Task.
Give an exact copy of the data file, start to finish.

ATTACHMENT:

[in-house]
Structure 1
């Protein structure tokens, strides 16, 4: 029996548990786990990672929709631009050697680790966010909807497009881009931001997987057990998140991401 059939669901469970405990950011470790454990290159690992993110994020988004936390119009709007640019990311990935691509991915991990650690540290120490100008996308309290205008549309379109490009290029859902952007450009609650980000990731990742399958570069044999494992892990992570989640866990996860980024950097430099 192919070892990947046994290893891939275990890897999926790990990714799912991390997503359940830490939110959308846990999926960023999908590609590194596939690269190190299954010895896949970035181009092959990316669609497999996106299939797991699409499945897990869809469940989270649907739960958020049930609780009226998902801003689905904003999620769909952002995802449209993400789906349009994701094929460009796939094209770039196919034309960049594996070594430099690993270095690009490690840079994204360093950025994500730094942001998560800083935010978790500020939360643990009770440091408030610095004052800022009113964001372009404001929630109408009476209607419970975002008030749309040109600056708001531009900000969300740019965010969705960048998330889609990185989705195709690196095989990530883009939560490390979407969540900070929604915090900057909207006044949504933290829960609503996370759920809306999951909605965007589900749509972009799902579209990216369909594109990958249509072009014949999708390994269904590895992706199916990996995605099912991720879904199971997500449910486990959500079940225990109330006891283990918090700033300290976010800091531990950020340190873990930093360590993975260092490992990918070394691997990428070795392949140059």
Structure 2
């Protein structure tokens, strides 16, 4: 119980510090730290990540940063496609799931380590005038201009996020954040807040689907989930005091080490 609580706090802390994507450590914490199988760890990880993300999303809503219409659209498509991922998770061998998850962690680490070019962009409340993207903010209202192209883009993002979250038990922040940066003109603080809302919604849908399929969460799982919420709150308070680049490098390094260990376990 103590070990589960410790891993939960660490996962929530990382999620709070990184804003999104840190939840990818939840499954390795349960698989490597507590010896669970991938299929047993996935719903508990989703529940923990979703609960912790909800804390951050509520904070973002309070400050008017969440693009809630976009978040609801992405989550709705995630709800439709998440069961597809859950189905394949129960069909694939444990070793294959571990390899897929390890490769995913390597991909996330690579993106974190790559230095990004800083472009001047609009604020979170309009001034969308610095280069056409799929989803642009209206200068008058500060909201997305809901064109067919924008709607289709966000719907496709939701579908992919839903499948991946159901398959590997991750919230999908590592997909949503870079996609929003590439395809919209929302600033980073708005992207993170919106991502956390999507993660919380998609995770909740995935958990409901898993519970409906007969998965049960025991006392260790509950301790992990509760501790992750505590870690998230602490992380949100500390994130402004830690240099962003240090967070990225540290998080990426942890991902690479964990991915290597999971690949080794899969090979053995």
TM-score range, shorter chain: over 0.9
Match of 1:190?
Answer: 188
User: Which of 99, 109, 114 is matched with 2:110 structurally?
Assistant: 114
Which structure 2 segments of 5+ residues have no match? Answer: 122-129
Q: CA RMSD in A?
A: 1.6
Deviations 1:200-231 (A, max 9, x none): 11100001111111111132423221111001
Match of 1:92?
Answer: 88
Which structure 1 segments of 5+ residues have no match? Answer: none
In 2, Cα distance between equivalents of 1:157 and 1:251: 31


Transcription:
[in-house]
Structure 1
């Protein structure tokens, strides 16, 4: 029996548990786990990672929709631009050697680790966010909807497009881009931001997987057990998140991401 059939669901469970405990950011470790454990290159690992993110994020988004936390119009709007640019990311990935691509991915991990650690540290120490100008996308309290205008549309379109490009290029859902952007450009609650980000990731990742399958570069044999494992892990992570989640866990996860980024950097430099 192919070892990947046994290893891939275990890897999926790990990714799912991390997503359940830490939110959308846990999926960023999908590609590194596939690269190190299954010895896949970035181009092959990316669609497999996106299939797991699409499945897990869809469940989270649907739960958020049930609780009226998902801003689905904003999620769909952002995802449209993400789906349009994701094929460009796939094209770039196919034309960049594996070594430099690993270095690009490690840079994204360093950025994500730094942001998560800083935010978790500020939360643990009770440091408030610095004052800022009113964001372009404001929630109408009476209607419970975002008030749309040109600056708001531009900000969300740019965010969705960048998330889609990185989705195709690196095989990530883009939560490390979407969540900070929604915090900057909207006044949504933290829960609503996370759920809306999951909605965007589900749509972009799902579209990216369909594109990958249509072009014949999708390994269904590895992706199916990996995605099912991720879904199971997500449910486990959500079940225990109330006891283990918090700033300290976010800091531990950020340190873990930093360590993975260092490992990918070394691997990428070795392949140059």
Structure 2
């Protein structure tokens, strides 16, 4: 119980510090730290990540940063496609799931380590005038201009996020954040807040689907989930005091080490 609580706090802390994507450590914490199988760890990880993300999303809503219409659209498509991922998770061998998850962690680490070019962009409340993207903010209202192209883009993002979250038990922040940066003109603080809302919604849908399929969460799982919420709150308070680049490098390094260990376990 103590070990589960410790891993939960660490996962929530990382999620709070990184804003999104840190939840990818939840499954390795349960698989490597507590010896669970991938299929047993996935719903508990989703529940923990979703609960912790909800804390951050509520904070973002309070400050008017969440693009809630976009978040609801992405989550709705995630709800439709998440069961597809859950189905394949129960069909694939444990070793294959571990390899897929390890490769995913390597991909996330690579993106974190790559230095990004800083472009001047609009604020979170309009001034969308610095280069056409799929989803642009209206200068008058500060909201997305809901064109067919924008709607289709966000719907496709939701579908992919839903499948991946159901398959590997991750919230999908590592997909949503870079996609929003590439395809919209929302600033980073708005992207993170919106991502956390999507993660919380998609995770909740995935958990409901898993519970409906007969998965049960025991006392260790509950301790992990509760501790992750505590870690998230602490992380949100500390994130402004830690240099962003240090967070990225540290998080990426942890991902690479964990991915290597999971690949080794899969090979053995």
TM-score range, shorter chain: over 0.9
Match of 1:190?
Answer: 188
User: Which of 99, 109, 114 is matched with 2:110 structurally?
Assistant: 114
Which structure 2 segments of 5+ residues have no match? Answer: 122-129
Q: CA RMSD in A?
A: 1.6
Deviations 1:200-231 (A, max 9, x none): 11100001111111111132423221111001
Match of 1:92?
Answer: 88
Which structure 1 segments of 5+ residues have no match? Answer: none
In 2, Cα distance between equivalents of 1:157 and 1:251: 31